If your ushabti is fragmented (i.e. is missing pieces) how tall do you think it was originally?

Amarna Period relief practise panel

A relief panel from Amarna most likely of Pharaoh Akhenaten himself. 

There were many reliefs carved during the Amarna period when Pharaoh Akhenaten moved the Egyptian capital to Amarna and closed all the Temples.

There are a number or practise relief panels depicting Akhenaten himself.

What was so unusual about Pharaoh Akhenaten and his move to Amarna. What is the main distinguishing style of all the reliefs at Amarna?

Why do you think Pharaoh Akhenaten is depicted so differently from all the other Pharaohs of Egypt. What famous sculptures also came from Amarna?

Graffiti Ostraca from Tel el Medina

A limestone fragment with a crudely scratched relief image of a worker from Tel El Medina.

What was El Medina and who lived there. What does this graffiti depict? Why would someone have bothered to carve such a graffiti?

What does it tell us about the workers? 

Tomb wall relief panel.

A relief panel depicting three women musicians. 

What instruments are these ladies playing? What are the cone shaped objects on their heads?

Why would this have been carved on a tomb wall?

Hands on HISTORY....That is what

we are all about!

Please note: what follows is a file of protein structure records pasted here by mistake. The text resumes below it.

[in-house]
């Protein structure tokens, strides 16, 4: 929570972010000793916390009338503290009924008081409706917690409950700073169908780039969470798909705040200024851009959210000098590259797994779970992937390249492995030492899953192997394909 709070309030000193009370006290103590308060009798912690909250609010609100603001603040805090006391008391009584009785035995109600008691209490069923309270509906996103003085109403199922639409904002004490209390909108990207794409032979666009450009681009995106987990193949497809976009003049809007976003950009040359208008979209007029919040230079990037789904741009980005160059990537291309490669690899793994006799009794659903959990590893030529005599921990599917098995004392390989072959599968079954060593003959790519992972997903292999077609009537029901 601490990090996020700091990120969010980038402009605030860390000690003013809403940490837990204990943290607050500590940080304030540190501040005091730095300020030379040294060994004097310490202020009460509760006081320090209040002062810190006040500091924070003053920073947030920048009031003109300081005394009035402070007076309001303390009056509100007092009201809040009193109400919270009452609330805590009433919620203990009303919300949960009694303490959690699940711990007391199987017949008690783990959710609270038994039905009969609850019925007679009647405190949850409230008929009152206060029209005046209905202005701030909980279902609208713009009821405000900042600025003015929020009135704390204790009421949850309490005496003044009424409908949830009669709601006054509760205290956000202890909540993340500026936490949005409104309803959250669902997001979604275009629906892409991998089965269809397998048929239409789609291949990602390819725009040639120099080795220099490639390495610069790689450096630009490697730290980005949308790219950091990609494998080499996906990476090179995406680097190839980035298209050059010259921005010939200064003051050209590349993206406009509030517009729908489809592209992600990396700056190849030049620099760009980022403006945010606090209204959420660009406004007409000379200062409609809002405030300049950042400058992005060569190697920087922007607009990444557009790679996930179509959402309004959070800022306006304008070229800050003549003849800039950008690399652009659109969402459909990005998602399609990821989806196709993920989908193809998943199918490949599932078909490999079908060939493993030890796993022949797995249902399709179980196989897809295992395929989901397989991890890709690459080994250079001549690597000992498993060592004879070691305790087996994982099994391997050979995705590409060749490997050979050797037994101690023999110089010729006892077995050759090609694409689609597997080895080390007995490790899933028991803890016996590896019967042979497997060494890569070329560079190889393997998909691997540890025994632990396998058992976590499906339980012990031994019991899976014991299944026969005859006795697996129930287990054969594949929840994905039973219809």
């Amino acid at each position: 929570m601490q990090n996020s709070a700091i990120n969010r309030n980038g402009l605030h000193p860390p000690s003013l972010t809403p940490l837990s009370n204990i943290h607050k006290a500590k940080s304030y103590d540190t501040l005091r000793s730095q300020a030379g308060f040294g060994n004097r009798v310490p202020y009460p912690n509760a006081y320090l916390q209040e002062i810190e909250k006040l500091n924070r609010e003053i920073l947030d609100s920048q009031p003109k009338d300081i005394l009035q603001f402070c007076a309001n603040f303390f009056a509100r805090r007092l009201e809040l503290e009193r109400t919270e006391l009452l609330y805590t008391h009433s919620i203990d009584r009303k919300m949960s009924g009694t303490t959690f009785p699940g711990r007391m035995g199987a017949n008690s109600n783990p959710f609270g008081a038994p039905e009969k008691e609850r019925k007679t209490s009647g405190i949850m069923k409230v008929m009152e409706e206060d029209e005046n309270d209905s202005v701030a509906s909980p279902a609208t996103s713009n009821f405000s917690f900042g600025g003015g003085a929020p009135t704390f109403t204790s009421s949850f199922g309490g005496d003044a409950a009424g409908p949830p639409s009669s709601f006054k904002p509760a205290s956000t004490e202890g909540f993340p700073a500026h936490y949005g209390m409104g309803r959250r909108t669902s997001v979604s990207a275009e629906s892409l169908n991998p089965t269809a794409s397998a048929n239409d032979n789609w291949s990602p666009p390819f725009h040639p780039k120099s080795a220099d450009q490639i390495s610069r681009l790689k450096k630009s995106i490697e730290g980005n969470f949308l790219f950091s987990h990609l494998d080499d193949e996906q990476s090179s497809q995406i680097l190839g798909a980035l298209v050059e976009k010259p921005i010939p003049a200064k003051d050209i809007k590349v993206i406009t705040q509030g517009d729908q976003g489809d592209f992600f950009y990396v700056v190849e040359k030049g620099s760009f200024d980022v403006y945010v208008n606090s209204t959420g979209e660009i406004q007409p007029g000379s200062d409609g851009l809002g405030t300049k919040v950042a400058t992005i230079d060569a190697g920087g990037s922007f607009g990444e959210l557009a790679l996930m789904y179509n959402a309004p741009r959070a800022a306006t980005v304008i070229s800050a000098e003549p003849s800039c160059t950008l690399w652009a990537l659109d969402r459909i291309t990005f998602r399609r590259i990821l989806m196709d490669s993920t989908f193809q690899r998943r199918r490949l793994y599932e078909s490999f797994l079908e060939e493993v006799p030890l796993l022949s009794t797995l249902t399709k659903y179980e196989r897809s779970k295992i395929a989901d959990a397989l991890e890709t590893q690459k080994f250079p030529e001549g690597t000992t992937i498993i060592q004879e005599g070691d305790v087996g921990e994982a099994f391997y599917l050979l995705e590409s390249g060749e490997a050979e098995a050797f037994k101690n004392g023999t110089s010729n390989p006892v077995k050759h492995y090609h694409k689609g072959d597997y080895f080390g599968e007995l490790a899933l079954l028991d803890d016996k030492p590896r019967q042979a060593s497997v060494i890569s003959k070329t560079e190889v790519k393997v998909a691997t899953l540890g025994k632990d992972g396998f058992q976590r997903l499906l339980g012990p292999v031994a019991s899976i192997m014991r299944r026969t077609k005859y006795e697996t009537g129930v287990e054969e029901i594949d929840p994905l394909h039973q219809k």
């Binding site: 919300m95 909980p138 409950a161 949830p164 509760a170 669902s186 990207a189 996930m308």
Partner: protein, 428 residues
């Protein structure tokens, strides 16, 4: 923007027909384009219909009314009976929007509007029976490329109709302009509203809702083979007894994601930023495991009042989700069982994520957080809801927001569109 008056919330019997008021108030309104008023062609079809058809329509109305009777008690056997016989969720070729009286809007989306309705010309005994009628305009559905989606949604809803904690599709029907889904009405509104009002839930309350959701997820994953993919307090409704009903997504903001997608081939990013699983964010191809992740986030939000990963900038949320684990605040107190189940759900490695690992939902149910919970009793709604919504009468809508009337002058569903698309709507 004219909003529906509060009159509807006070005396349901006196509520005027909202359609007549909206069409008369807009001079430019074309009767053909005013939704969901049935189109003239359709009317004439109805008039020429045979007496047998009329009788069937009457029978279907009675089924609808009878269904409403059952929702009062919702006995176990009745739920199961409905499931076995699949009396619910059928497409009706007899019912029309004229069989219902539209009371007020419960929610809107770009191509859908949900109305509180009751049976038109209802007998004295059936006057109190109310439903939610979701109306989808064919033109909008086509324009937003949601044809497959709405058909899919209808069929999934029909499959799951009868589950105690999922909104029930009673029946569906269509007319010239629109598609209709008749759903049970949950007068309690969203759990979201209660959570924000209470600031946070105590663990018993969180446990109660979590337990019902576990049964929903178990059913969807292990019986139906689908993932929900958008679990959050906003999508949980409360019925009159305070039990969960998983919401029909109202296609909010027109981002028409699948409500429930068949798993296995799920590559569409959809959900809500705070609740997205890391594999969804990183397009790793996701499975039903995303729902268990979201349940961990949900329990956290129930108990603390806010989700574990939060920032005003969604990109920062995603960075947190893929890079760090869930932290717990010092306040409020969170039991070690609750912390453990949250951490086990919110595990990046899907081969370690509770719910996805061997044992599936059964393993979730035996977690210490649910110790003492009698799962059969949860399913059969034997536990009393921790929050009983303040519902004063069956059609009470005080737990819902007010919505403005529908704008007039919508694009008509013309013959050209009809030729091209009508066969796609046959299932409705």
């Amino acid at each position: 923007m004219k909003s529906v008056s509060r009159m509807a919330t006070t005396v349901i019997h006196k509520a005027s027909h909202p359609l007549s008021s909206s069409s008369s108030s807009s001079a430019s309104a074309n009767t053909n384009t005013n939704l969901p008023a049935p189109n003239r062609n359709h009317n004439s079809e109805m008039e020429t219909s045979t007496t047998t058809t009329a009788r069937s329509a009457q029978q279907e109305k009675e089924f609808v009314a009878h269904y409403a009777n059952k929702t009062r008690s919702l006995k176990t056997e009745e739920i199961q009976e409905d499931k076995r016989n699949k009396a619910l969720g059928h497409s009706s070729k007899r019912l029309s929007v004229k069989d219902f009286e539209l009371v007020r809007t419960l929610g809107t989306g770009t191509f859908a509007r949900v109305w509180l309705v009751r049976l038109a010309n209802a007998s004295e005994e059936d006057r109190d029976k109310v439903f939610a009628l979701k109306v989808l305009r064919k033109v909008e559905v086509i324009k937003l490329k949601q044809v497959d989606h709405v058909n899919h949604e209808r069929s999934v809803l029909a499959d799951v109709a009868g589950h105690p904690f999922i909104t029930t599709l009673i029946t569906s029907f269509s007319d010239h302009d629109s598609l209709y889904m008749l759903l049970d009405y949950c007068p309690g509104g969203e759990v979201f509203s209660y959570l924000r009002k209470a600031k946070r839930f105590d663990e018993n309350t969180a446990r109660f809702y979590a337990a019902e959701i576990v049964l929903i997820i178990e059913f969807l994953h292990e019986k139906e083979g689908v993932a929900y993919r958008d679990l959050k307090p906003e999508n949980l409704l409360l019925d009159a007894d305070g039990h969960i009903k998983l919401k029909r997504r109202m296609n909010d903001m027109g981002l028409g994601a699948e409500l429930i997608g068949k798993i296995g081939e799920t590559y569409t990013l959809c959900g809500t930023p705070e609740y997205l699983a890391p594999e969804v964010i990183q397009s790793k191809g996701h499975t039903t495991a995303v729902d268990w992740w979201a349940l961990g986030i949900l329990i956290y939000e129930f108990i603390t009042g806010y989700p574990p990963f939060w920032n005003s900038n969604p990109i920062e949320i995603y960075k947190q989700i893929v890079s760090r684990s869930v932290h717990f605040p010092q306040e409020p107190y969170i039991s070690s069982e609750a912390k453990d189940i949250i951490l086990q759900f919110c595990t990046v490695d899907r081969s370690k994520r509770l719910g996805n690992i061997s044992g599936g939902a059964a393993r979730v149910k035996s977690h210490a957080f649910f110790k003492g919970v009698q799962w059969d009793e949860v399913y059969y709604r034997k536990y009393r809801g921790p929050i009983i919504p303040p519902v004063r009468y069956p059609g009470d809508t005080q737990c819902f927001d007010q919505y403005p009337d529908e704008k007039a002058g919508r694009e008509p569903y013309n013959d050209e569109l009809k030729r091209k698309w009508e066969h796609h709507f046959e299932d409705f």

Why use our products?

Hands on activities enrich the students learning processes.

They provide a means for moving the student beyond the standard classroom learning environment.

They allow Ancient History and Archaeology to be presented in a variety of ways.

Coupled with regular classroom exercises, they allow for various learning styles and capabilities to be stimulated and so create an atmosphere where all students can work to their maximum potential.

They provide the student with structured visual and tactile experinces by stimulating multiple senses. They provide hands on discovery and coupled with lesson exercises stimulate inquiry processing.

The idea is to stimulate the students to learn rather than forcing them to learn......

Bring Ancient History alive.......

We hav ere introduced some of our best selling interactive papyrus kits as well as adding some new products.
All at affordable prices.